Date of Graduation


Document Type


Degree Type



Davis College of Agriculture, Natural Resources and Design


Forest Resource Management

Committee Chair

Jingxin Wang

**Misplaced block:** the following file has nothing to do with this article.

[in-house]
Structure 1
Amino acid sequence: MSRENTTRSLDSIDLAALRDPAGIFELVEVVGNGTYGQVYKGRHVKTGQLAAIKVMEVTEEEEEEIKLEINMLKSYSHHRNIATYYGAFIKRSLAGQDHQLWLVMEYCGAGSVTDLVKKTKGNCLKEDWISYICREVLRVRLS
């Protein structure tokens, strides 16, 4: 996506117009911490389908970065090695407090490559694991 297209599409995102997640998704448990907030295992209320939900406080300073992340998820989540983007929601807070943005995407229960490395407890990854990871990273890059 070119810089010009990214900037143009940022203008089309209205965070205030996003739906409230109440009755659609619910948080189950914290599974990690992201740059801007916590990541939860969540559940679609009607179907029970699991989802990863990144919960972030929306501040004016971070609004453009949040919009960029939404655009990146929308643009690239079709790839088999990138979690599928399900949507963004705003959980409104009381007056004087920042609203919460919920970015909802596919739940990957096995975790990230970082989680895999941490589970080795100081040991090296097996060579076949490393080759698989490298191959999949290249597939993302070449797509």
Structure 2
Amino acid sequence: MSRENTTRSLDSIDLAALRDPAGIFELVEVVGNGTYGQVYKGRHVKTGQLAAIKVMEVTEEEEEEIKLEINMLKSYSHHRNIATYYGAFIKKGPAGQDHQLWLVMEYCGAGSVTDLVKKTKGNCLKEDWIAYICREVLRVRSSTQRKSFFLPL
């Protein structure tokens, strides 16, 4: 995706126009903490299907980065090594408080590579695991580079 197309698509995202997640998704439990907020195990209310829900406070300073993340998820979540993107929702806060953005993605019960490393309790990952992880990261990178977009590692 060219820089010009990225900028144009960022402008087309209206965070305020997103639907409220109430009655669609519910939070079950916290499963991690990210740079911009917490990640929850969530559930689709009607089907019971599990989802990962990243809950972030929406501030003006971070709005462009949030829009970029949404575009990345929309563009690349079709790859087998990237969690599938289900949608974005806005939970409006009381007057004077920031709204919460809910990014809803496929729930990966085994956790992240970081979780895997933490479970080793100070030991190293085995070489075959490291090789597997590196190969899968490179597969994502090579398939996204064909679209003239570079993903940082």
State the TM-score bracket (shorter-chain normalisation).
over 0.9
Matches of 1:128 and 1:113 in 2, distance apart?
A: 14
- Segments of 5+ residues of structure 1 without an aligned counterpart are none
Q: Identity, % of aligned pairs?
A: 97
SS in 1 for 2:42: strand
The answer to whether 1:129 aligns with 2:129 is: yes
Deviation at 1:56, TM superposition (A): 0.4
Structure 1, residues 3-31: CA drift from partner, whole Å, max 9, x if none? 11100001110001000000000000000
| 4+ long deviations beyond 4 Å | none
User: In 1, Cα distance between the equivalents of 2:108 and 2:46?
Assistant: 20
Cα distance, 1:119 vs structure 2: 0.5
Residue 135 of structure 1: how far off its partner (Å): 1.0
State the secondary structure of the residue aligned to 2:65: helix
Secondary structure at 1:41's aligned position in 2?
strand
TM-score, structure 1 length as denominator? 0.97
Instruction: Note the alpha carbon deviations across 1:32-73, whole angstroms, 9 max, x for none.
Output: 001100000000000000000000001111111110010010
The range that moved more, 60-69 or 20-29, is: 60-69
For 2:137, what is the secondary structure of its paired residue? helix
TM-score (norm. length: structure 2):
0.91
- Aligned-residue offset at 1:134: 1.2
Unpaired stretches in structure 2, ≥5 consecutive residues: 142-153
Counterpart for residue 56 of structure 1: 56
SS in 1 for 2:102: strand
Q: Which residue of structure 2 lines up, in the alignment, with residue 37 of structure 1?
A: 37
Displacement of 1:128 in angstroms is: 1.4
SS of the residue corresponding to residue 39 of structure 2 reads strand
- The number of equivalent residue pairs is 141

Concerns about volatile crude oil prices, energy security, and environmental issues are driving the production and use of renewable energy in the United States. Woody biomass can be used as feedstock for solid or liquid fuels or electricity generation. An economic analysis model was developed to estimate the delivered cost of woody biomass using different woody biomass handling systems. The model was designed to minimize the total annual delivered cost of woody biomass and applied to the central Appalachian region. Six forest districts were used to represent the destination of woody biomass supply. When demand is 900 metric tons (990 short tons) of dry woody biomass per day, for that base case scenario, the average delivered cost per unit of woody biomass ranged from {dollar}2.77 to {dollar}3.01 per GJ ({dollar}44.07 to {dollar}47.77 per short ton) among the different handling systems. The delivered cost was found to be mostly affected by woody biomass demand, mill residue availability, and mill residue purchase price, while skidding distance had the least impacts on the delivered cost.;The economic feasibility of a woody biomass-based ethanol facility was analyzed using a mixed integer programming model. The model is designed to maximize the net present value (NPV) of a facility over its economic life. A case study was conducted in the central Appalachian hardwood region. Eleven feasible plant locations were identified based on the requirements of site selection. Results showed that the optimal plant location was in Buckhannon, West Virginia. The NPV of the plant, with a demand of 1,814 metric tons/day of woody biomass and plant life of 20 years, varied from {dollar}17.28 million to {dollar}35.54 million among different systems. Ethanol production cost averaged approximately US¢ 50.85--52.38 per liter ({dollar}1.92--{dollar}1.98 per gallon). Factors such as biomass availability, mill residue purchase price, plant investment and capacity, ethanol yield, and financing are sensitive to ethanol production cost. Findings suggest that a woody biomass-based ethanol facility in central Appalachia could be economically feasible under certain operational scenarios.;Liquid fuels from coal and biomass have the potential to reduce petroleum fuel use and CO2 emission. West Virginia is a heavily forested state and also rich in coal reserves. A multi-equation model was developed to assess the economics of a coal/biomass-to-liquids (CBTL) fuel plant in West Virginia. Specifically, the objective was to minimize the total annual cost subject to a series of regional supply, demand, and other constraints. The results indicated that the required selling price (RSP) of Fischer-Tropsch (FT) diesel for a 40,000 barrel-per-day CBTL plant with coal/biomass ratio of 85/15 varied between {dollar}79.30 and {dollar}79.57 per barrel using the different biomass handling systems. The RSP of FT diesel heavily depended upon plant capacity, capital cost, coal price, and liquid fuel yield. The crude-oil-equivalent price of FT fuels must be above {dollar}62/bbl for a CBTL plant to be profitable and a feasible long-term option in central Appalachia.